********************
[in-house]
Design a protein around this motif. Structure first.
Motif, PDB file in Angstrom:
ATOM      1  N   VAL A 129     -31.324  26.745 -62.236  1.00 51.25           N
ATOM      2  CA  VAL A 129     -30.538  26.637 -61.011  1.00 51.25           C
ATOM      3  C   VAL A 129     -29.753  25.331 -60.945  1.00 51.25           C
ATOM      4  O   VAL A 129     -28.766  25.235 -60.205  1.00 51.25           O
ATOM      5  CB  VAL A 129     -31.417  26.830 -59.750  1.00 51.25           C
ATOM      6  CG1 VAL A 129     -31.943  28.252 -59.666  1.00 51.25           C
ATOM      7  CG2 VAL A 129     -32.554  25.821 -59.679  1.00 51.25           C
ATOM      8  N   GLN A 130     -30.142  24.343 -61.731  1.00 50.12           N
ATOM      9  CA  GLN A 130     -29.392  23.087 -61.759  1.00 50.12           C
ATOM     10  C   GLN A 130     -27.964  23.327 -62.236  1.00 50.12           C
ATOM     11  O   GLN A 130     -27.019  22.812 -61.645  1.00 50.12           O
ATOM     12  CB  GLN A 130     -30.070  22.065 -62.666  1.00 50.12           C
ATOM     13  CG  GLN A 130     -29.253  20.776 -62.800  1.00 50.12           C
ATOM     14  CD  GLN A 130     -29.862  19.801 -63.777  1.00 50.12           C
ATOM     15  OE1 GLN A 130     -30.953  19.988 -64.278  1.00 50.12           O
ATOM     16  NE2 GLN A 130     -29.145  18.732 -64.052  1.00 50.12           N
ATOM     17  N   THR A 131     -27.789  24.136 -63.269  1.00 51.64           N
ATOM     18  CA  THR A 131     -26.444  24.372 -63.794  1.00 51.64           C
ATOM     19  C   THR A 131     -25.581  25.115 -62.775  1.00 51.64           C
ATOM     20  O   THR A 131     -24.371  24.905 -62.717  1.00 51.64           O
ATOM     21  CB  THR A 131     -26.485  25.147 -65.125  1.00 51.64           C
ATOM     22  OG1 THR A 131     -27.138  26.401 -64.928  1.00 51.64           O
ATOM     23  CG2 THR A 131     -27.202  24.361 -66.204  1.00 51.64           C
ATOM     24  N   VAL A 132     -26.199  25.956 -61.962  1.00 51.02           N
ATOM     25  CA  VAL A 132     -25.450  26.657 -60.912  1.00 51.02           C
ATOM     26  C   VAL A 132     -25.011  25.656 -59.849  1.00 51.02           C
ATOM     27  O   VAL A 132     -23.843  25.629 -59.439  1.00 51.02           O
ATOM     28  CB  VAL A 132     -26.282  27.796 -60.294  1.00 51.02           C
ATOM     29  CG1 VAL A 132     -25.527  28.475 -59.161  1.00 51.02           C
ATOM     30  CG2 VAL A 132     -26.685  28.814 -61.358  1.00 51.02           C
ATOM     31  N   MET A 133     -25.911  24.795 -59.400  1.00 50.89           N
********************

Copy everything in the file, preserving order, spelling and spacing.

[in-house]
Design a protein around this motif. Structure first.
Motif, PDB file in Angstrom:
ATOM      1  N   VAL A 129     -31.324  26.745 -62.236  1.00 51.25           N
ATOM      2  CA  VAL A 129     -30.538  26.637 -61.011  1.00 51.25           C
ATOM      3  C   VAL A 129     -29.753  25.331 -60.945  1.00 51.25           C
ATOM      4  O   VAL A 129     -28.766  25.235 -60.205  1.00 51.25           O
ATOM      5  CB  VAL A 129     -31.417  26.830 -59.750  1.00 51.25           C
ATOM      6  CG1 VAL A 129     -31.943  28.252 -59.666  1.00 51.25           C
ATOM      7  CG2 VAL A 129     -32.554  25.821 -59.679  1.00 51.25           C
ATOM      8  N   GLN A 130     -30.142  24.343 -61.731  1.00 50.12           N
ATOM      9  CA  GLN A 130     -29.392  23.087 -61.759  1.00 50.12           C
ATOM     10  C   GLN A 130     -27.964  23.327 -62.236  1.00 50.12           C
ATOM     11  O   GLN A 130     -27.019  22.812 -61.645  1.00 50.12           O
ATOM     12  CB  GLN A 130     -30.070  22.065 -62.666  1.00 50.12           C
ATOM     13  CG  GLN A 130     -29.253  20.776 -62.800  1.00 50.12           C
ATOM     14  CD  GLN A 130     -29.862  19.801 -63.777  1.00 50.12           C
ATOM     15  OE1 GLN A 130     -30.953  19.988 -64.278  1.00 50.12           O
ATOM     16  NE2 GLN A 130     -29.145  18.732 -64.052  1.00 50.12           N
ATOM     17  N   THR A 131     -27.789  24.136 -63.269  1.00 51.64           N
ATOM     18  CA  THR A 131     -26.444  24.372 -63.794  1.00 51.64           C
ATOM     19  C   THR A 131     -25.581  25.115 -62.775  1.00 51.64           C
ATOM     20  O   THR A 131     -24.371  24.905 -62.717  1.00 51.64           O
ATOM     21  CB  THR A 131     -26.485  25.147 -65.125  1.00 51.64           C
ATOM     22  OG1 THR A 131     -27.138  26.401 -64.928  1.00 51.64           O
ATOM     23  CG2 THR A 131     -27.202  24.361 -66.204  1.00 51.64           C
ATOM     24  N   VAL A 132     -26.199  25.956 -61.962  1.00 51.02           N
ATOM     25  CA  VAL A 132     -25.450  26.657 -60.912  1.00 51.02           C
ATOM     26  C   VAL A 132     -25.011  25.656 -59.849  1.00 51.02           C
ATOM     27  O   VAL A 132     -23.843  25.629 -59.439  1.00 51.02           O
ATOM     28  CB  VAL A 132     -26.282  27.796 -60.294  1.00 51.02           C
ATOM     29  CG1 VAL A 132     -25.527  28.475 -59.161  1.00 51.02           C
ATOM     30  CG2 VAL A 132     -26.685  28.814 -61.358  1.00 51.02           C
ATOM     31  N   MET A 133     -25.911  24.795 -59.400  1.00 50.89           N